Questions were put to the Scottish Government earlier this week and today about the lack of any invitation as-yet to consumers & actual court users to participate in Sheriff Taylor’s review. No response was received. The Taylor review team also failed to respond to enquiries.

Sheriff Taylor’s review team asked the legal profession for their thoughts & contributions nearly three weeks ago. The invitation to the legal profession, published 20 June 2011, stated : “One of the basic premises of the Review is that any recommendation should address an identifiable mischief in Scotland’s expenses and funding regime. To that end, the Review welcomes contributions from members of the profession as to where they consider change is required. Comments may then be invited on such suggestions in the consultation paper.”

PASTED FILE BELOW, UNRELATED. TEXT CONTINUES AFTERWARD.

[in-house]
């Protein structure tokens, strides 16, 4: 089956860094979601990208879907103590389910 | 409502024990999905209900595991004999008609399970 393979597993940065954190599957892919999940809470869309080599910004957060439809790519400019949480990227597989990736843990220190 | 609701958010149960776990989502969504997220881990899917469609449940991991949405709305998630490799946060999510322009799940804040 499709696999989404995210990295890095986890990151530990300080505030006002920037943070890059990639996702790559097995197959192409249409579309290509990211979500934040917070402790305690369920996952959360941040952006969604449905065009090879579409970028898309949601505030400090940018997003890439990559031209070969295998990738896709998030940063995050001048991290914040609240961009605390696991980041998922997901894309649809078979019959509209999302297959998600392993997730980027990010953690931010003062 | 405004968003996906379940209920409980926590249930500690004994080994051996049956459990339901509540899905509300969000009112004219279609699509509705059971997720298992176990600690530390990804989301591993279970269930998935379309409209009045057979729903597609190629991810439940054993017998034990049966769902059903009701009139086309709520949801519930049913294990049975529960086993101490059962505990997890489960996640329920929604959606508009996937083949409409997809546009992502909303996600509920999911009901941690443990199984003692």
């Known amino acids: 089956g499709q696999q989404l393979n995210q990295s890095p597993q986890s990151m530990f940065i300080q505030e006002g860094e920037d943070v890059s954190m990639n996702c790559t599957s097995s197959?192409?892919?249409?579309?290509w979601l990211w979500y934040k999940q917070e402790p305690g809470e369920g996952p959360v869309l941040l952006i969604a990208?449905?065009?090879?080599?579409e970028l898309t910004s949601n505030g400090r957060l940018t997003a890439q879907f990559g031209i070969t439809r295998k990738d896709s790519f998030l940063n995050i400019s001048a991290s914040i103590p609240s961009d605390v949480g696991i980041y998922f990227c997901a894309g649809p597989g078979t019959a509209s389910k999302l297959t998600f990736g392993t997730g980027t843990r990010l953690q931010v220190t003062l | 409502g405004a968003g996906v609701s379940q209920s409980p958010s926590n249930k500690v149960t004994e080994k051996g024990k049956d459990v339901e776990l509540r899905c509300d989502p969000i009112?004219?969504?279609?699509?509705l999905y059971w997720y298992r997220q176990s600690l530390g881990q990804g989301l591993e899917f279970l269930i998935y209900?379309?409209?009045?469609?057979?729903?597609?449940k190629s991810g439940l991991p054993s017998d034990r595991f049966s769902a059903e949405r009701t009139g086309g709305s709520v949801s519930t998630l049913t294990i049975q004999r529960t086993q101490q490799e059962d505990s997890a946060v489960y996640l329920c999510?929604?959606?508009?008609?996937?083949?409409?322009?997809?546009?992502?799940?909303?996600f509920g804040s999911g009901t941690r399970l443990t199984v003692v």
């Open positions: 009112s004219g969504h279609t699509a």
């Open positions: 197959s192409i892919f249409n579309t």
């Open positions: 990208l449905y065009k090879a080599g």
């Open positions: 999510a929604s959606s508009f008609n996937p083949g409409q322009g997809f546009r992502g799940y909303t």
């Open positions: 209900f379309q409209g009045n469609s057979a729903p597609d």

“Contributions to the Review should be sent to Kay McCorquodale, Secretary to the Review, at Area 3 G South, Victoria Quay, Edinburgh EH6 6QQ or, if by email, to  Please advise if your response should be treated as confidential.”

While a consultation paper is intended to be published around August of this year, the Taylor review team have not yet invited members of the public or court users to give their thoughts on the costs & funding of litigation in Scotland for the proposed consultation paper.